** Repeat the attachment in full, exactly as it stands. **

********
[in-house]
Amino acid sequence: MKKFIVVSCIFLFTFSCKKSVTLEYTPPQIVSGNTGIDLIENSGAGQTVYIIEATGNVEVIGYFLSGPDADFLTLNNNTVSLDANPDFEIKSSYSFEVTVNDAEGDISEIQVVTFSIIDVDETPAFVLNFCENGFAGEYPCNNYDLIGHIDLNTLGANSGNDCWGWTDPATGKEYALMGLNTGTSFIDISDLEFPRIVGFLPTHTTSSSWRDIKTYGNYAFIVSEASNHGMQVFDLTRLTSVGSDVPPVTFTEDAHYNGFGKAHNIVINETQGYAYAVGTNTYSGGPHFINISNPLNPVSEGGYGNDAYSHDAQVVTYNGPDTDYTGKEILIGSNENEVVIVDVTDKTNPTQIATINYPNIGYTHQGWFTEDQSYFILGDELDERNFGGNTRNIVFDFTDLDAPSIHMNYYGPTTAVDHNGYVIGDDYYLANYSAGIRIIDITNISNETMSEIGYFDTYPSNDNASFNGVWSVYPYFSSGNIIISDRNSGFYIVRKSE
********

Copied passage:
[in-house]
Amino acid sequence: MKKFIVVSCIFLFTFSCKKSVTLEYTPPQIVSGNTGIDLIENSGAGQTVYIIEATGNVEVIGYFLSGPDADFLTLNNNTVSLDANPDFEIKSSYSFEVTVNDAEGDISEIQVVTFSIIDVDETPAFVLNFCENGFAGEYPCNNYDLIGHIDLNTLGANSGNDCWGWTDPATGKEYALMGLNTGTSFIDISDLEFPRIVGFLPTHTTSSSWRDIKTYGNYAFIVSEASNHGMQVFDLTRLTSVGSDVPPVTFTEDAHYNGFGKAHNIVINETQGYAYAVGTNTYSGGPHFINISNPLNPVSEGGYGNDAYSHDAQVVTYNGPDTDYTGKEILIGSNENEVVIVDVTDKTNPTQIATINYPNIGYTHQGWFTEDQSYFILGDELDERNFGGNTRNIVFDFTDLDAPSIHMNYYGPTTAVDHNGYVIGDDYYLANYSAGIRIIDITNISNETMSEIGYFDTYPSNDNASFNGVWSVYPYFSSGNIIISDRNSGFYIVRKSE